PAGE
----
• Don’t trim hedges until next spring
• Bring houseplants indoors to acclimate before you turn the heat on

Plants that Attract Butterflies

Different flowering plants attract different butterfly species. Listed below, are some of the food source plants that a few butterflies and their caterpillars feed on in the Boston area.

Monarch caterpillars feed only on the Milkweed plant leaves, and adult Monarchs feed on nectar from Milkweed, Aster, Goldenrod, Thistle and Mint.

Painted Lady caterpillars feed on Hollyhock, Mallow Thistle and Legume leaves, while adults sip nectar from Milkweed, Asters, Cosmos, Ironweed, and Joe-Pye Weed.

Black Swallowtail caterpillars feed on Carrot, Celery, Dill, Queen Anne’s Lace plants. The adults feed on Milkweed, Red Clover, Thistle flowers.

Cabbage White caterpillars feed on Cabbage, Broccoli, Kale and Radish leaves. Adults get nectar from Asters, Red Clover, Dandelions, Mustards and Mint.

Some other butterfly attracting plants include Butterfly Weed, Marigolds, Snapdragons, Jewel Weed, Lantana, Phlox, Zinnias, Purple Coneflowers, Black-Eyed Susan’s and Sunflowers. For other butterfly species seen in Massachusetts:

Butterflies like an open sunny area protected from wind. Birds are butterfly predators, so do not place bird feeders near the plants. Flat stones provide a warm spot for butterflies to bask. And, butterflies need more than nectar to survive; so provide them with shallow mud-puddles for minerals and salts.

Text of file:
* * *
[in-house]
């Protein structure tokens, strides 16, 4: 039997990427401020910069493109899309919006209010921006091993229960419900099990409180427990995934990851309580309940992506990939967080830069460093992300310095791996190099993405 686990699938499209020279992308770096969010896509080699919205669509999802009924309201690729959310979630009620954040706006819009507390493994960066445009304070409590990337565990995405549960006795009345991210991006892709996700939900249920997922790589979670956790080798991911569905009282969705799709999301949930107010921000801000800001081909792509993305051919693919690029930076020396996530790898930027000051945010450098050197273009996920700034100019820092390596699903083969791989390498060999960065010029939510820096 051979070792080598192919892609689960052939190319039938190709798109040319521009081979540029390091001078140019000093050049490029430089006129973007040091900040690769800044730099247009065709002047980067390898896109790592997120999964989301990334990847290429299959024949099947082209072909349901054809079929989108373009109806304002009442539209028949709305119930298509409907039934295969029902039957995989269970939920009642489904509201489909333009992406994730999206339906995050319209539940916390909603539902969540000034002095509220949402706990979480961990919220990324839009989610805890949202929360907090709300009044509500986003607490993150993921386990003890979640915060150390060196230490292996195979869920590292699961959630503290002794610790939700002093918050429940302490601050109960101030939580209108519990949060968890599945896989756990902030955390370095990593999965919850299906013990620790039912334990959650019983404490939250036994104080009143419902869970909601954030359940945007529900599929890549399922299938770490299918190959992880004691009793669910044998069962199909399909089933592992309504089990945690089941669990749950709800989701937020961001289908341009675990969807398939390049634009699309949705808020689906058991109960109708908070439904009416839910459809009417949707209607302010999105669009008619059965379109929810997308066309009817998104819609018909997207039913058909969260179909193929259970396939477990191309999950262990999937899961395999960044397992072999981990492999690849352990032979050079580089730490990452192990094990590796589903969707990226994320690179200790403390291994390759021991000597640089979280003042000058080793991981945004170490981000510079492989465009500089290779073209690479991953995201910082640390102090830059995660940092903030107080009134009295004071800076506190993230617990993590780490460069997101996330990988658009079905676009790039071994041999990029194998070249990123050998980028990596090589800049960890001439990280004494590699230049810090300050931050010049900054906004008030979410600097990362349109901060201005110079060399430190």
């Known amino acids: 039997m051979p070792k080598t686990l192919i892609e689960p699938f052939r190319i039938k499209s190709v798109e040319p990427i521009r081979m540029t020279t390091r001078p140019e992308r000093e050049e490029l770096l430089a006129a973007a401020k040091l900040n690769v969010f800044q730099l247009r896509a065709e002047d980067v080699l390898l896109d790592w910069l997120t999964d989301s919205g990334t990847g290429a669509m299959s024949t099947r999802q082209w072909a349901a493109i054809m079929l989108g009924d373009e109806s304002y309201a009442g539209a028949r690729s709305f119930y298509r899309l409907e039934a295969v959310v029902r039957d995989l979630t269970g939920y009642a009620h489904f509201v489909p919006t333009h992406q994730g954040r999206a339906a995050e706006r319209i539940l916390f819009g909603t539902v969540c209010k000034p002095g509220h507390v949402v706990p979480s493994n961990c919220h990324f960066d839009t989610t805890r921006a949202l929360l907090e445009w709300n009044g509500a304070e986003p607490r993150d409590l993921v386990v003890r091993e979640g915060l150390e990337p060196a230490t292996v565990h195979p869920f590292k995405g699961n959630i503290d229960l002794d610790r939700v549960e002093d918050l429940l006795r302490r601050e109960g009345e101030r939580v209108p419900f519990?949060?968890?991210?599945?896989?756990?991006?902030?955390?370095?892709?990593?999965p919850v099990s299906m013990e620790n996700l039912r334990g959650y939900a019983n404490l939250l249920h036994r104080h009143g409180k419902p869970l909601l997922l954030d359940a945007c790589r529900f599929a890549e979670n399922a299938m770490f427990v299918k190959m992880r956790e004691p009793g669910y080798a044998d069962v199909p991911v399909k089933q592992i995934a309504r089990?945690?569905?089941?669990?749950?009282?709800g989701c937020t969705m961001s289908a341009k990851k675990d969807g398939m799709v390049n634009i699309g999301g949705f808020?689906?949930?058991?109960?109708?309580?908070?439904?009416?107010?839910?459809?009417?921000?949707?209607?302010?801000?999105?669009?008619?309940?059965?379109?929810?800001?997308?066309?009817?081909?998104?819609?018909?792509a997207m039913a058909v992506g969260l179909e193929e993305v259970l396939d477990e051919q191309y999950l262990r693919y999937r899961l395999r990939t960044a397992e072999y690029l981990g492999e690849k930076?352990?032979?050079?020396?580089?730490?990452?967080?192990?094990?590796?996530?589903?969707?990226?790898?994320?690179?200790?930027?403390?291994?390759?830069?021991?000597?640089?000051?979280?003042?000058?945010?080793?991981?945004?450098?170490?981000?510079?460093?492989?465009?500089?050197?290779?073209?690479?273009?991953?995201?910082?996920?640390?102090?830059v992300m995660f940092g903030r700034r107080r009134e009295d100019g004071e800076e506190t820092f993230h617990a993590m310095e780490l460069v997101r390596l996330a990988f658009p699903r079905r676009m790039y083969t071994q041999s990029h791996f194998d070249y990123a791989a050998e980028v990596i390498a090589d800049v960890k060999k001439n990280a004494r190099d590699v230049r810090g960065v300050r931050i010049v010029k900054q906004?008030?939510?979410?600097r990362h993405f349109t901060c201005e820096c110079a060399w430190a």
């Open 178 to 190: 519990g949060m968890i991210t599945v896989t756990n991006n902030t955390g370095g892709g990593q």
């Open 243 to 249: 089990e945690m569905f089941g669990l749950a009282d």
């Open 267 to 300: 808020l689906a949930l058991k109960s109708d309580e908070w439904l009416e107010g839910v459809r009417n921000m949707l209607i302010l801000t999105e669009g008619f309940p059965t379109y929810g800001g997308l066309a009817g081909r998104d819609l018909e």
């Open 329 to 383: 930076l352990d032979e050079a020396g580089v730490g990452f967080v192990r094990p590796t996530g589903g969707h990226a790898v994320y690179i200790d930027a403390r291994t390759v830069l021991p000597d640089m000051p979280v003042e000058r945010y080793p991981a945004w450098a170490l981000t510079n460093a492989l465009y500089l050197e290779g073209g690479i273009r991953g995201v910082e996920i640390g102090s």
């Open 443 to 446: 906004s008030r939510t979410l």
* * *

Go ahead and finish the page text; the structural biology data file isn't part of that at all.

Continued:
NOTE: The Monarch butterfly often mistakes the highly invasive Black Swallowwort vine (in the milkweed family) for Common Milkweed, and lays its eggs on the vine’s toxic leaves. When the Monarch larvae develop into caterpillars, they eat the leaves and die. So, it is very important to eradicate the Black Swallowwort vine. You’ll find this vine climbing up fences, shrubs, and plants in urban and suburban areas.

Garden Q & A Column: Decorating with Live Christmas Trees

Q. My housemates and I want to purchase a live Christmas tree to bring indoors and decorate. What type of tree should we buy? How do we care for the tree and can we plant it outside after the holidays?

John C, Somerville, MA

A. Yes, you can plant your Christmas tree outside after the holidays. Live evergreen trees that will survive in zones 4-6 are Dwarf Alberta Spruces, Blue Spruce, Yews, and Arborvitaes. Pick a healthy tree that matures to a size appropriate for your yard. The root-ball should be firm and rounded. Before the ground freezes, dig a hole for the tree as deep as its root-ball and twice as wide and fill it with straw or leaves. Bag up the soil and bring it inside so it doesn’t freeze. (If the ground is already frozen, I recommend you wait until next year to use a live Christmas tree)